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Archive of June 19, 2006

Israeli tourism minister excited about Papal visit

Jerusalem, Israel, Jun 19, 2006 (CNA) - Israeli Minister of Tourism, Isaac Herzog, and Papal Nuncio to Israel, Archbishop Antonio Franco, have reportedly agreed on a visit to the Holy Land by Pope Benedict XVI early in 2007.

Israeli business journal, Globes, reported that the visit was arranged during a recent meeting of the two.  Herzog also proposed to Franco that Israel host the World Conference of Bishops, which is traditionally held in Rome and is attended by thousands of the world’s Catholic Bishops.

Herzog reportedly believes that such an event would be significant and improve relations with Israel’s Christian community

Globes reports that the Ministry of Tourism is excited by the prospect of the Pope’s visit, which they call a significant political and economic visit, since Benedict will have a large entourage of pilgrims. The visit will also encourage pilgrimages to Israel later in the year.

When Pope John Paul II made his pilgrimage to Israel in 2000, pilgrims used 420,000 room-nights in hotels, and generated $60 million in tourist revenue, Globes reported.

Franco reportedly asked Herzog to promote an administrative-economic agreement between Israel and the Vatican, and to facilitate the handling of members of the priesthood in Israel and formalizing their status, including visas and movement in the territories. He also asked Herzog to facilitate regular movement of pilgrims to Bethlehem.

According to the Ministry of Tourism, 800,000 Christian pilgrims visited Israel in 2005, half of whom were Catholics, and the rest Protestants and Evangelists. Christian pilgrims accounted for 40% of all tourists. 400,000 Christian pilgrims visited Israel in 2004, half of whom were Catholics.

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Benedict says Eucharist is the “treasure” of the Church

Vatican City, Jun 19, 2006 (CNA) - Pope Benedict XVI acknowledged, during his weekly Angelus address, that Sunday marked the celebration of the Solemnity of Corpus Christi (the Body of Christ) in most of the world.
 
Corpus Christi, the Pope explained, "is the solemn public feast of the Eucharist, Sacrament of the Body and Blood of Christ, ... which on this day is shown to everyone, amid the fervor of faith and devotion of the ecclesial community.
 
"The Eucharist," the Pope said, "constitutes the 'treasure' of the Church, the precious heritage that her Lord left her. 

However, the Holy Father continued, “this treasure, which is intended for the baptized, does not limit its field of action to the environment of the Church. The Eucharist is the Lord Jesus, Who gives Himself 'for the life of the world.' In all times and places, He wishes to encounter men and women and bring them the life of God."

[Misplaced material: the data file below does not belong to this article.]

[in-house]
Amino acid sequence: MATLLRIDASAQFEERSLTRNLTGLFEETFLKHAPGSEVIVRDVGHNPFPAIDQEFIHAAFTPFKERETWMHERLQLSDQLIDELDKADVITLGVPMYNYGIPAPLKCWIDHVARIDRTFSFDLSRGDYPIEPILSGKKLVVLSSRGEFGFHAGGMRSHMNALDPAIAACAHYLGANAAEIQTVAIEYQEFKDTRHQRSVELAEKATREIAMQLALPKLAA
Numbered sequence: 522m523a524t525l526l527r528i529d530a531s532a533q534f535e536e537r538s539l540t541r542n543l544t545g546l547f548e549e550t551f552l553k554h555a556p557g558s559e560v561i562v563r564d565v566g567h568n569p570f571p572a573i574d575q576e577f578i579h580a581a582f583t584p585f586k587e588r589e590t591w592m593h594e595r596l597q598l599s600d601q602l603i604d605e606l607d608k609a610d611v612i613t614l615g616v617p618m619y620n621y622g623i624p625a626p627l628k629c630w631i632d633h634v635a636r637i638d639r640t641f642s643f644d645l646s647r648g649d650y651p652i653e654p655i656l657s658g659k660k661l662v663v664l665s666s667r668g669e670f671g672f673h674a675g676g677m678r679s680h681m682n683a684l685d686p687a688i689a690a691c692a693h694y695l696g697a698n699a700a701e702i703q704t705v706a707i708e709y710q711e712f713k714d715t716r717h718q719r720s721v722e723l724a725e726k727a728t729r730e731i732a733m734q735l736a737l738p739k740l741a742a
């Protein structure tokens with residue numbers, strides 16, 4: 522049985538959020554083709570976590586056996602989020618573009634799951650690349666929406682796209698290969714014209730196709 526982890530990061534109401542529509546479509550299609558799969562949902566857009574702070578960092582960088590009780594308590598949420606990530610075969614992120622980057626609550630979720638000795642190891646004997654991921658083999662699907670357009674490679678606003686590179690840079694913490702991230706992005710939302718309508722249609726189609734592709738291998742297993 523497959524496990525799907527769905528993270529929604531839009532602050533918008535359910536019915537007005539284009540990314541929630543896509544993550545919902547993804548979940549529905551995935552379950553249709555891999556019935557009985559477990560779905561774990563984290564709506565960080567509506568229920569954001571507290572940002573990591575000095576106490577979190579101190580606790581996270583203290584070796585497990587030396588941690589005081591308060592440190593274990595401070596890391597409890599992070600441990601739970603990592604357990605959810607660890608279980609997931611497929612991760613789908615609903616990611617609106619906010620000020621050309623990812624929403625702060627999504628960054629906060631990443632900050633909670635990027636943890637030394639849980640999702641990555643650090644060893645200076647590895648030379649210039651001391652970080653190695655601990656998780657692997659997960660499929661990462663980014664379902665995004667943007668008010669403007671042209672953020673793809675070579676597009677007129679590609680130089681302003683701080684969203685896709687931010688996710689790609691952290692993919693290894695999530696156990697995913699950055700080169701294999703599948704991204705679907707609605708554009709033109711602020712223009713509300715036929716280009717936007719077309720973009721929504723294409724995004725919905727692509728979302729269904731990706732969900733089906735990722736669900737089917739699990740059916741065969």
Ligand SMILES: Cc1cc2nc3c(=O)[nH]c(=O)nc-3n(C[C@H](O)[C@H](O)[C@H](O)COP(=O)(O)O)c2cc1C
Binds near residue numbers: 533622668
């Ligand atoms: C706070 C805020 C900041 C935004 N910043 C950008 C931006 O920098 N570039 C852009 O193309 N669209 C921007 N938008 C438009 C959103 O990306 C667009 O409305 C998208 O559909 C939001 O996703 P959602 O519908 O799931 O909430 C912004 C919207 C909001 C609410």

"The Eucharist also has a cosmic significance," the Pope went on. "Indeed, the transformation of the bread and wine into the Body and Blood of Christ constitutes the beginning of the divinization of creation itself.”

The incomparable importance of the Eucharist in the world is the reason that Catholics generally celebrate the feast by processing with the Blessed Sacrament through the neighborhoods surrounding their churches, the Holy Father said. 
 
"In carrying the Eucharist through the streets and squares," the Holy Father concluded, "we want to immerse the bread of heaven in our daily lives. ... On this feast day, Christians as a community proclaim that the Eucharist represents everything for them, it is their very life, the source of love that conquers death."
 

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Papal spokesman announces desire to leave post

Vatican City, Jun 19, 2006 (CNA) - The director of the Holy See’s Press Office, Joaquin Navarro-Valls, announced on Saturday during a television interview that he has submitted his resignation to Pope Benedict XVI after 22 years at the post.

“After many years, perhaps too many, a change would do me well,” the Vatican spokesman said during an interview broadcast on the Italian channel La 7.  

The Italian news agency ANSA quoted Navarro-Valls as saying, “Pope Benedict XVI knows well what my desire is because I have made it known to him with due respect.”

While he said he has not yet decided what he will do after retiring, Navarro-Valls said he is considering remaining in Italy.  “I have a number of books I would like to delve into, but to dedicate myself solely to studying would require six or seven months.  I don’t know if that will be my first task,” he stated.

During the interview, Navarro-Valls reminisced about great moments in the pontificate of John Paul II, singling out the meetings with Soviet leader Mikail Gorbachov and Mother Teresa of Calcutta among his most intense experiences with the Polish pope.

He said Pope Benedict’s visit to the Nazi concentration camp of Auschwitz during his recent trip to Poland should be considered an important milestone and changed his view of the Jewish Holocaust.